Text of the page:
Hydraulic & Pneumatic Mechanic

Hydraulic & Pneumatic Technician

Minimum ITI pass

Certified training for Fitter: Hydraulic & Pneumatic System (programme aligned to ISC/Q0810 released by Indian Iron and Steel Sector Skills Council of India)

Training in:

Reading and interpreting hydraulic circuit drawings

Trouble shooting in hydraulic circuit

Assembly of hydraulic components

Working of different hydraulic components

Concept of contamination

Factors affecting the oil contamination

Effect of oil temperature, pressure, on hydraulic performance

Hydraulic valves, seals, piston rings, etc.

General awareness on motor pump vibration

Hazards of pressure (oil/air)

2 weeks hands on training

5S and safety practices

Working at heights, confined spaces and high temperatures

1-2 years with diploma, otherwise 5-7 years with ITI pass

In lieu of minimum qualification the incumbent should have minimum 7-10 years of relevant work experience under an experienced supervisor

The tasks a Fitter: Hydraulic & Pneumatic Systemis expected to perform include:

Maintaining hydraulic and pneumatic equipment/system

Checking of hydraulic medium (hydraulic mineral oil), air under pressure, etc.

Identifying and rectifying root causes of any problem or breakdown

Dismantling and re-assembling equipment

Checking alignment and cleaning equipment parts

Ensuring fitness of equipment prior to handover

Knowledge of circuit drawings of hydraulic and pneumatic systems and power pack unit with accessories like prime mover, pump, reservoir, suction, etc.

Well-versed with tools and tackles to be used for the job

Adept in undertaking linear motion (hydraulic and pneumatic cylinder)

Well-versed in performing rotary motion (electric motor, engine, hydraulic motor, turbine, etc.

Proficient in understanding normal running characteristics of relevant equipment

Well-versed with possible causes of common problems during assembly and their remedies

Knowledge of implication of not adhering to sequence of activities and operation

Knowledge of machining, welding, gas cutting, assembling tools and fixtures

Team player

Good vision


Analytical skill

Problem solving attitude

Good concentration level

Willingness to work in a factory environment

Physically fit

Hardworking and persistent

Itneeds one to be on their toes

May require supervising a Helper

Travelling is not a part of this job

Part-time work and contractual jobs maybe available in some cities

Work from home option is not available

Working hours
Working hours are 9/10 hours everyday for 5/6 days a week. This may vary from factory to factory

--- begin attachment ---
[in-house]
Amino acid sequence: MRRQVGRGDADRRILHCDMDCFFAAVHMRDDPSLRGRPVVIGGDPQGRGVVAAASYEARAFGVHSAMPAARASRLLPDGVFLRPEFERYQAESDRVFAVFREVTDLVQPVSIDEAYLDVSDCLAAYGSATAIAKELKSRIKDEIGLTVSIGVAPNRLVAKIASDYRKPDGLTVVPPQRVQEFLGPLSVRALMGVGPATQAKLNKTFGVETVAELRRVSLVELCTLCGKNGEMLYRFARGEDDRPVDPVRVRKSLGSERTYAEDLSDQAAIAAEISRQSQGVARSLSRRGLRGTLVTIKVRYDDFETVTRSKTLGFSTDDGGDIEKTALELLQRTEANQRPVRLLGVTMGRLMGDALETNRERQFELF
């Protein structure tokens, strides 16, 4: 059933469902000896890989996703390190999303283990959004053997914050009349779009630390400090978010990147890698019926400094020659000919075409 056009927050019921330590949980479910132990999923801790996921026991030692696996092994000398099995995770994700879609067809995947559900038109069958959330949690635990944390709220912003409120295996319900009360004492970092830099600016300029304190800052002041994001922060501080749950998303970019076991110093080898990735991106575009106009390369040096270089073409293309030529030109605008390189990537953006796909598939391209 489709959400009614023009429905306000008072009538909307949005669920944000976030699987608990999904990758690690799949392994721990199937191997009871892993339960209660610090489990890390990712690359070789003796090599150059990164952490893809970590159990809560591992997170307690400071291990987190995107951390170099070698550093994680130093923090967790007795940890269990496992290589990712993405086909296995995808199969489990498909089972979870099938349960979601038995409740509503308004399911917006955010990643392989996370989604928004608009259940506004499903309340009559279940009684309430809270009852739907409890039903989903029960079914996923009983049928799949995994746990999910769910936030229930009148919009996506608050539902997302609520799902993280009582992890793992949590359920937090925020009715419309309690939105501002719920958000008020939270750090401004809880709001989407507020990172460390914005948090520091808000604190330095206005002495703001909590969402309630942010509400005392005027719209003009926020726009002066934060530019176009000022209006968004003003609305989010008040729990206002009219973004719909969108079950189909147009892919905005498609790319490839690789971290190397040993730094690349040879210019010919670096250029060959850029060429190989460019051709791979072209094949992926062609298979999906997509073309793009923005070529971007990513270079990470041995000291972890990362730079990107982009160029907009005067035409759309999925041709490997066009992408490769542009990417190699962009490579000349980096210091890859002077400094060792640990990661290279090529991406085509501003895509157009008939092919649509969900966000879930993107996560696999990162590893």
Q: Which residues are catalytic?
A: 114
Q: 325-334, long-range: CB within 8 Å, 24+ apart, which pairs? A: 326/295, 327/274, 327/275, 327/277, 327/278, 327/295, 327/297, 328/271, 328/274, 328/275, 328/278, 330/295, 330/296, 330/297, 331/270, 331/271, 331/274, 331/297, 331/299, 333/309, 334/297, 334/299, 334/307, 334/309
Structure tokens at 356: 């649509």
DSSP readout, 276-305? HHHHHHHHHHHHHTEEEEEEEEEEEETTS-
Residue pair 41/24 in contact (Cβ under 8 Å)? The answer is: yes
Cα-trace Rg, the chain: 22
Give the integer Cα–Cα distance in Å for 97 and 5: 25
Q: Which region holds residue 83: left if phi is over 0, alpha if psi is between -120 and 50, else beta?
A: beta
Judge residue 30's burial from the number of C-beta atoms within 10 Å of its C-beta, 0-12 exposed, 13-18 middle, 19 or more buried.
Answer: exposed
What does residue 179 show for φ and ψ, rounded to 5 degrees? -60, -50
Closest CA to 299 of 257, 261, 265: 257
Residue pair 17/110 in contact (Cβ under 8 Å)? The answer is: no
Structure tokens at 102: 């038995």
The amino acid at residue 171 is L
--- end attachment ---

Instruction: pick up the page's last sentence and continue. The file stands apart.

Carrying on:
Shift system maybe be available

Is the job suitable for a candidate with special needs?

This job is considered to be mildly hazardous or dangerous

Health risks include exposure to noise, metallic dust and gas, hazardous energy, heat,working at heights, undertaking system repair work,etc.

Occupational hazards include physical injury, hearing problem, slip and fall, respiratory diseases, lungs diseases, heat stress, fatigue,etc.

For freshers INR 10,000 to INR 15,000 per month

For candidates with 1/2 years of experience - INR 15,000 to INR 20,000 per month

For candidates with over 2 years of experience - INR 20,000 to INR 25,000 per month

(These figures are indicative and subject to change)

Overview of Indian Iron and Steel Sector

India is the fourth largest producer of crude steel and the largest producer of soft iron in the world. The steel sector in India is almost a century old, and exhibits significant economic importance due to rising demand by sectors such as infrastructure, real estate, and automobiles, in domestic as well as international markets. The level of per capita consumption of steel is an important determinant of the socio-economic development of the country. India?s per capita consumption in 2013 stood at around 57.8 kilograms. However, these figures are expected to rise with increased industrialisation throughout the country

The Indian steel industry is divided into primary and secondary sectors. The primary sector comprises a few large integrated steel providers producing billets, slabs and hot rolled coils. The secondary sector involves small units focused on the production of value-added products such as cold rolled coils, galvanised coils, angles, columns, beams and other re-rollers, and sponge iron units. Both sectors cater to different market segments.

The demand for steel in India is expected to rise by 4-5 per cent this year and will touch a Compounded Annual Growth Rate (CAGR) of 15 per cent after FY17. Given the government's high focus on jump starting stalled projects, followed by pushing large flagship projects, including the freight and industrial corridors, it is expected that India will begin moving back on the path of materials intensive growth by the end of this year.

Also, the recently released Union Budget 2014?15 has paved the way for the development of the Indian steel sector with proposals for the construction of 100 smart cities and changes in the MMRD Act. India?s ranking in the global list for production of crude steel is all set to improve with increasing demand for domestic consumption in the years to follow.

Steel production in India is expected to reach 275 million tonnes by 2020, making it the second largest producer in the world. Presently, the Indian iron and steel industry employs around 500,000 people, but with the growing demand for iron and steel and increase in number of production unitsthe employment in Indian iron and steel industry is expected to increase especially for the profession like fitter hydraulic & pneumatic system, etc.

Iron and steel factories across India

Towns and cities across India